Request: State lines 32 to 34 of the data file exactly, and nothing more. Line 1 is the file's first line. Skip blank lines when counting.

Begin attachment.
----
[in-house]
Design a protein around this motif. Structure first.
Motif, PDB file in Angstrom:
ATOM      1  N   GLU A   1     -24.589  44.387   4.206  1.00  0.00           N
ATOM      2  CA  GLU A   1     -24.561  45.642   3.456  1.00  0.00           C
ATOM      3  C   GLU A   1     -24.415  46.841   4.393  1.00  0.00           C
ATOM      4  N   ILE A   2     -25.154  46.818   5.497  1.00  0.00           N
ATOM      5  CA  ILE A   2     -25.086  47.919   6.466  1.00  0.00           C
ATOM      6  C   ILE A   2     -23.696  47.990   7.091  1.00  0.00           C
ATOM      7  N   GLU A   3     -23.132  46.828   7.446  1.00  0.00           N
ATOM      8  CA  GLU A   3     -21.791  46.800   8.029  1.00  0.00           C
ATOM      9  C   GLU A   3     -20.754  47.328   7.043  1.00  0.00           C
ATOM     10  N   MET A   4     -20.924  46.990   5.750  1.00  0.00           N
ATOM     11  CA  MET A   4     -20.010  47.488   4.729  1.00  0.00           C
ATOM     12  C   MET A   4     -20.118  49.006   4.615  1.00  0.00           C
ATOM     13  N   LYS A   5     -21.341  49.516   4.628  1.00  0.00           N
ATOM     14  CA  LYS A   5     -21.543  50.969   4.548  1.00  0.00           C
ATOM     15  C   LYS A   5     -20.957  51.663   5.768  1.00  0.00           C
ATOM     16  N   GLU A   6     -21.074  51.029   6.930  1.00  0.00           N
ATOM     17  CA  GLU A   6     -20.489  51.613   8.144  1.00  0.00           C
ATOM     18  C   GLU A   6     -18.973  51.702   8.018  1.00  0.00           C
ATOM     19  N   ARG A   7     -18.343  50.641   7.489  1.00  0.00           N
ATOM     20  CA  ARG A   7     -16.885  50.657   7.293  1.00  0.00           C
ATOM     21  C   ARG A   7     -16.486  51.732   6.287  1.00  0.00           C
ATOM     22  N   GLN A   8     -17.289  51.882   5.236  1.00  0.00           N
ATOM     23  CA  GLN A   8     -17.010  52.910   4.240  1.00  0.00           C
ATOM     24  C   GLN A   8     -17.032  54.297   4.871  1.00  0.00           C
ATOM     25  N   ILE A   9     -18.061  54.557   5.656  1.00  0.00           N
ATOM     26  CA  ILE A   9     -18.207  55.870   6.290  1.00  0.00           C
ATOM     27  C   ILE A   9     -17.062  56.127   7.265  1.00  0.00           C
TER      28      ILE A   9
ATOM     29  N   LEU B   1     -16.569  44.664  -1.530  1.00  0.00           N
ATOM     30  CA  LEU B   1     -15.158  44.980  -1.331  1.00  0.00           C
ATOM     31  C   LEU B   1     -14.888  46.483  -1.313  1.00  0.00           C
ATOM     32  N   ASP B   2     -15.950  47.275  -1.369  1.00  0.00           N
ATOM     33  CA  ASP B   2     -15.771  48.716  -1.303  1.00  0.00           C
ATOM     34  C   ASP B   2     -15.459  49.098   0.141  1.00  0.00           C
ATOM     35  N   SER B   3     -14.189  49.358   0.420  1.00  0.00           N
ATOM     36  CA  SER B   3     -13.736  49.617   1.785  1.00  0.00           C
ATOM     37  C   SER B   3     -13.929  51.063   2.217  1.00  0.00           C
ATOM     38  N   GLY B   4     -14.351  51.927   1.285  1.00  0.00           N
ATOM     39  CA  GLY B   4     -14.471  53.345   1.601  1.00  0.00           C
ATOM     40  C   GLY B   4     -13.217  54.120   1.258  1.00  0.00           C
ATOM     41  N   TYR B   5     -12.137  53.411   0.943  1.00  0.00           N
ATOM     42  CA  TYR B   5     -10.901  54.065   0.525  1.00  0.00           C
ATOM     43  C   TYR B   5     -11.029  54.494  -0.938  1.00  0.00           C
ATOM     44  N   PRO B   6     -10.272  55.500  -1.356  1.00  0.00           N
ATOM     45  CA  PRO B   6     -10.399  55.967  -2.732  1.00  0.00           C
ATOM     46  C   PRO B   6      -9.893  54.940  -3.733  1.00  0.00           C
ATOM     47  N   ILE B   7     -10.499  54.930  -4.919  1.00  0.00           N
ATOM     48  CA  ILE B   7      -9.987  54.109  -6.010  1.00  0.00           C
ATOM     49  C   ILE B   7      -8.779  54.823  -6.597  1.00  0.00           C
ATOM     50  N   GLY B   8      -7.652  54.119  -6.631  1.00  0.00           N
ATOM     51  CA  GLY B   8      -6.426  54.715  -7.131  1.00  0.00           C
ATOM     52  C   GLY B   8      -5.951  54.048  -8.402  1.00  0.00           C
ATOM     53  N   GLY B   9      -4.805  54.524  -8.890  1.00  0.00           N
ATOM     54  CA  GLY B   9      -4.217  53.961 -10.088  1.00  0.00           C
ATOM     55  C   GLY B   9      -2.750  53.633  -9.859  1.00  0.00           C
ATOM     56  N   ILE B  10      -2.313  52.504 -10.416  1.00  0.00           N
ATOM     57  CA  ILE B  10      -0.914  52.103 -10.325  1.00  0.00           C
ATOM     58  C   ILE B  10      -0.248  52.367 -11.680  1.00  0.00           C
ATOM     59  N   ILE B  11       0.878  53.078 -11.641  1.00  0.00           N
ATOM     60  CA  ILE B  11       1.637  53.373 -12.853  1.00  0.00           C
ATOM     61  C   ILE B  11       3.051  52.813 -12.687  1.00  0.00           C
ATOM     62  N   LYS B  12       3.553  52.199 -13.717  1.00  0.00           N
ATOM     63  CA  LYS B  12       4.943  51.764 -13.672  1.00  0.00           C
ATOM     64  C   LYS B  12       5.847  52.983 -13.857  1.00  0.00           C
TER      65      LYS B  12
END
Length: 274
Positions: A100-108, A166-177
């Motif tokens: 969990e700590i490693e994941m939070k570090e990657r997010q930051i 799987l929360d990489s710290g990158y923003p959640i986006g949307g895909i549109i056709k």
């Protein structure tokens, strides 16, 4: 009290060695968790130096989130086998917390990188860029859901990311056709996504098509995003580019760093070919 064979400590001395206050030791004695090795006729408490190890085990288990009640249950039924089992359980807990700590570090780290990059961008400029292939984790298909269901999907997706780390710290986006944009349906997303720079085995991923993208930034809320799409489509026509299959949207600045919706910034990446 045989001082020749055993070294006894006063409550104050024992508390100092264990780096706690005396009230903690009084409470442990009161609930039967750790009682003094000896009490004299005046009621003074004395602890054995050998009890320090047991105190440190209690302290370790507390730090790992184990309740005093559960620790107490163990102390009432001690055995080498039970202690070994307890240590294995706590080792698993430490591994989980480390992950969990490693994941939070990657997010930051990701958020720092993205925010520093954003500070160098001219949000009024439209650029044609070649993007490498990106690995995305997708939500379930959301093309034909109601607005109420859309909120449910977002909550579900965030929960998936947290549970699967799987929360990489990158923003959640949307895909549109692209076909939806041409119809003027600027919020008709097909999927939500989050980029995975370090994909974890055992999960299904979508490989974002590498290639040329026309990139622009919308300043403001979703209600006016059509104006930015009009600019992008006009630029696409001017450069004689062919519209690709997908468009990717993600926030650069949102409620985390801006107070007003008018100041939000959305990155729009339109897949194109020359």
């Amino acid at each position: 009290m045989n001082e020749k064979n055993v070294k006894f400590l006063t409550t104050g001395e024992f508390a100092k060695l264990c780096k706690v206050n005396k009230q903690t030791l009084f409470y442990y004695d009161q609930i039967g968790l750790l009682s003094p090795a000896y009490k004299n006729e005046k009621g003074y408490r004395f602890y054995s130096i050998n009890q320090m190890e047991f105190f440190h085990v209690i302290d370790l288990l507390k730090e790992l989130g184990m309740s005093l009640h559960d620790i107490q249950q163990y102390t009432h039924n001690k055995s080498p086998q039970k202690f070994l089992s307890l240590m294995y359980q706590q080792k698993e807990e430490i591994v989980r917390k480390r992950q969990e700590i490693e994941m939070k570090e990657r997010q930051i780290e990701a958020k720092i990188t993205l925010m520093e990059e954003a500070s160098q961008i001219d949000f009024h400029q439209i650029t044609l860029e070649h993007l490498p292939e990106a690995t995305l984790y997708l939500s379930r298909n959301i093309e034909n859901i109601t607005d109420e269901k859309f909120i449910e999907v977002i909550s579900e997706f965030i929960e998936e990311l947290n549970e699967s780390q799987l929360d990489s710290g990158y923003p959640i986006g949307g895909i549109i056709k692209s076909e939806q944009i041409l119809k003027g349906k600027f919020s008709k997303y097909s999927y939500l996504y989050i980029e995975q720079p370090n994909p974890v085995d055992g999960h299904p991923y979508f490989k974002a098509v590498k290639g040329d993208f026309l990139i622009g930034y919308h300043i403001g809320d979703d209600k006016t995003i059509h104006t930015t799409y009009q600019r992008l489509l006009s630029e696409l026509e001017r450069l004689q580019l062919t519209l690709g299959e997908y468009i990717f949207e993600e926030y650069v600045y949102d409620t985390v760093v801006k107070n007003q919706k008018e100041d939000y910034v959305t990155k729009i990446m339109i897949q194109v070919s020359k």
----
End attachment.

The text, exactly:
ATOM     29  N   LEU B   1     -16.569  44.664  -1.530  1.00  0.00           N
ATOM     30  CA  LEU B   1     -15.158  44.980  -1.331  1.00  0.00           C
ATOM     31  C   LEU B   1     -14.888  46.483  -1.313  1.00  0.00           C